Extended Data Fig. 7 Additional analyses of the memory updating experiment (related to Fig. 3). ab, Memory updating experiment: timecourse of learning.
a, Adaptation on channel trials at the end of each block of forcefield trials in the training phase (purple), which occur before \({{\rm{P}}}^{0}\) washout trials, and on the first channel trial of triplets within each block (orange), which occurs after \({{\rm{P}}}^{0}\) washout trials. Data is mean \(\pm \) s.e.m. across participants and lines show mean of COIN model fits (8 parameters, Extended Data Fig. 3). b, Singletrial learning on triplets that were consistent with the training contingencies. Data (mean \(\pm \) s.e.m. across participants) with mean of COIN model fits across participants. Positive learning reflects changes in the direction expected based on the force field of the exposure trial (an increase following \({{\rm{P}}}^{+}\)and a decrease following \({{\rm{P}}}^{}\)). cd, Mathematical analysis of singletrial learning. Singletrial learning in the COIN model (column 1) for the four cue–perturbation triplets in the pretraining phase (c) and the posttraining phase (d) in the memory updating experiment. The COIN model was fit to each participant and model fits are shown as mean \(\,\pm \) s.e.m. (singletrial learning, full model prediction) or mean (dot product, posterior, prior and likelihood) across n = 24 participants. Singletrial learning (column 1) is approximately proportional to a dot product (column 2) between the vector of posterior context probabilities (responsibilities) on the exposure trial of the triplet and the vector of predicted context probabilities on the subsequent channel trial (see the Supplementary Information for derivation). This dot product can be further approximated by collapsing the vector of predicted probabilities to a onehot vector, that is, by the responsibility \(p({c}_{t}={c}^{\ast }{q}_{t},{y}_{t},\ldots )\) (column 3) of the context that is predominantly expressed on the second channel trial of the triplet (c^{*}, the context with the highest predicted probability on the second channel trial of the triplet), where … denotes all observations before time t (as in Fig. 1). This responsibility is proportional to a product of two terms. The first term is the prior context probability \(p({c}_{t}={c}^{\ast }{q}_{t},\ldots )\) (column 4), that is, the predicted context probability before experiencing the perturbation (as in Fig. 1f), which is already conditioned on the sensory cue visible from the outset of the trial. The second term expresses the likelihood of the state feedback in that context \(p({y}_{t}{c}_{t}={c}^{\ast },\ldots )\) (column 5). Because prior to learning neither cues nor feedback are yet consistently associated with a particular context, the COIN model predicts that the prior and likelihood, and thus total singletrial learning should all be largely uniform across contexts before training. ef, The effects of cue and perturbation on singletrial learning in individual participants. e, Singletrial learning (posttraining) shown as a function of perturbation separated by cue (left) or as a function of cue separated by perturbation (right) for each participant (lines). Note a significant effect for both the perturbation and the cue. f, Scatter plot of cue effect (\({{\rm{P}}}_{1}^{+}+\) \({{\rm{P}}}_{1}^{}\) \({{\rm{P}}}_{2}^{+}\) \({{\rm{P}}}_{2}^{}\)) against perturbation effect (\({{\rm{P}}}_{1}^{+}+\) \({{\rm{P}}}_{2}^{+}\) \({{\rm{P}}}_{1}^{}\) \({{\rm{P}}}_{2}^{}\)) for each participant (dots). Solid lines show medians of corresponding effects. Note the lack of anticorrelation between two effects.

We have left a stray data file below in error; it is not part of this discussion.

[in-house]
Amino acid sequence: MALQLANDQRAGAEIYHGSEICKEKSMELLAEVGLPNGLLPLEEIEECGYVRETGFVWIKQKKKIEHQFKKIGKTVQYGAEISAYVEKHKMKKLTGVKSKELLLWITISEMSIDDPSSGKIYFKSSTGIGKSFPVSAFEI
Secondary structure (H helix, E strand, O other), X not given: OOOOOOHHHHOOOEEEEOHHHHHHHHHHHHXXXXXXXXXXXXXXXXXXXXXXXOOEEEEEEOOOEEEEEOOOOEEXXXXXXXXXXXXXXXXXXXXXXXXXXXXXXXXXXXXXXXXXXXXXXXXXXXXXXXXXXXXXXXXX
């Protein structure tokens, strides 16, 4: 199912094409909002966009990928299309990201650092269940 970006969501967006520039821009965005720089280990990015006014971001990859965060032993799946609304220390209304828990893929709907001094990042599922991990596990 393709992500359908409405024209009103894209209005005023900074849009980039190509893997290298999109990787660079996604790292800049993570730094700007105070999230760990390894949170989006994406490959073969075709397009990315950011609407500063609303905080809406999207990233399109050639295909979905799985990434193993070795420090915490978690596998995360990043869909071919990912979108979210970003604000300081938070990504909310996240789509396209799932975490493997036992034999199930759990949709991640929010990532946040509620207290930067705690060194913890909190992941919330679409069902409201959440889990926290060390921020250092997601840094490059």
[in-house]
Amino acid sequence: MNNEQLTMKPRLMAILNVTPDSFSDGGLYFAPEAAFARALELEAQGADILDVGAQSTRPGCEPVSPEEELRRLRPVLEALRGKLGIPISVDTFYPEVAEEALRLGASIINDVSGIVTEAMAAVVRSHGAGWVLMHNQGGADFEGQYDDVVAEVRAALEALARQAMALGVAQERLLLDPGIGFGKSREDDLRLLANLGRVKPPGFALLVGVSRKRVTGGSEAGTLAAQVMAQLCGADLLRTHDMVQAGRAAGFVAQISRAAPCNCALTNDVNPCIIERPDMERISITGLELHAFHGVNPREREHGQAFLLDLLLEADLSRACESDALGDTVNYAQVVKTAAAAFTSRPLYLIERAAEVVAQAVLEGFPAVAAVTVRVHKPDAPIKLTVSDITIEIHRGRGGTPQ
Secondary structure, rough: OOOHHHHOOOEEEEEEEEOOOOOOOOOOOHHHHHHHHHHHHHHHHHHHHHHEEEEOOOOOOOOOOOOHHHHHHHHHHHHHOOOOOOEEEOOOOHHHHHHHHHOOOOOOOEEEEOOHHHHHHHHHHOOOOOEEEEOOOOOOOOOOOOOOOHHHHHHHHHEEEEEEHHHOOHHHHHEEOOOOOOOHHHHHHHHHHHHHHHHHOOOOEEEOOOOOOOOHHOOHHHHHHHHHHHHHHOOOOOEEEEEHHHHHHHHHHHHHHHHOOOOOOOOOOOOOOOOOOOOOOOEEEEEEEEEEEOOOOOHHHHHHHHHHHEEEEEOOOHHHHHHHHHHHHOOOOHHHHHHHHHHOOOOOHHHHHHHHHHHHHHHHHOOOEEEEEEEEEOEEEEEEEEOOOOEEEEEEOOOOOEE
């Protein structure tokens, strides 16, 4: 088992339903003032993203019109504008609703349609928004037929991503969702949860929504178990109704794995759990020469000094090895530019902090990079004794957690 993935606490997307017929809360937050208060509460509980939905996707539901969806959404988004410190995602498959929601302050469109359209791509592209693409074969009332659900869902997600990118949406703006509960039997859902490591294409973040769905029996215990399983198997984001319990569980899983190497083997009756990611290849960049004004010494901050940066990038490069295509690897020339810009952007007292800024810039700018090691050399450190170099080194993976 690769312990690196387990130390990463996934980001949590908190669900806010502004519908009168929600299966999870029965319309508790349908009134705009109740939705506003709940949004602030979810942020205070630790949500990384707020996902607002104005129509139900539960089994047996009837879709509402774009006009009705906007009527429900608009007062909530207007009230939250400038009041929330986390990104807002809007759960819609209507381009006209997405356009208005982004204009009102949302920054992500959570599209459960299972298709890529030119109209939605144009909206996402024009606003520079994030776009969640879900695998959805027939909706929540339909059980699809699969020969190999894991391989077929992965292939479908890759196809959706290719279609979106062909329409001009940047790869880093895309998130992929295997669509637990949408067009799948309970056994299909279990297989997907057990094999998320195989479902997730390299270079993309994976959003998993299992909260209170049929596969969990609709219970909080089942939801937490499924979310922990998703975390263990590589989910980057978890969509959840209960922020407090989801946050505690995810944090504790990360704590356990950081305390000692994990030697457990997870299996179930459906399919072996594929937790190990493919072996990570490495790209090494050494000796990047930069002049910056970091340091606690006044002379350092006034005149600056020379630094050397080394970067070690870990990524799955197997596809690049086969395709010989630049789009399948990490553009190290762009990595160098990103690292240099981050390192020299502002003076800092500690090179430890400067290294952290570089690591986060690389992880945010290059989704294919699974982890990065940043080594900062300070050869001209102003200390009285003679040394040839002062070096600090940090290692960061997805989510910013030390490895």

Extended Data Fig. 8 Additional analysis of the effect of environmental consistency on singletrial learning related to Fig. 4c.
Columns 1 & 2: experimental paradigm and data replotted from Ref. ^{5}. Participants experienced repeating cycles of \({{\rm{P}}}^{+}\) trials of varying lengths (column 1: 20 \({{\rm{P}}}^{+}\) trials in P20, 7 in P7, 1 in P1 and 1 followed by 1 \({{\rm{P}}}^{}\) trial in P1N1) in between \({{\rm{P}}}^{0}\) trials. To assess singletrial learning (column 2) during exposure to the environments, channel trials were randomly interspersed before and after the first \({{\rm{P}}}^{+}\) trial in a subset of the forcefield cycles. Columns 3 to 5 show the output and internal inferences of the COIN model in the same format as Fig. 4c (same parameters as in Fig. 4; Extended Data Fig. 3, parameter set S, E & M). The COIN model qualitatively reproduced the pattern of changes in singletrial learning seen over repeated cycles in this paradigm. As in Fig. 4, differences in the apparent learning rate were not driven by differences in either the proper learning rate (Kalman gain) or the underlying state (column 4) but were instead driven by changes in contextual inference (column 5).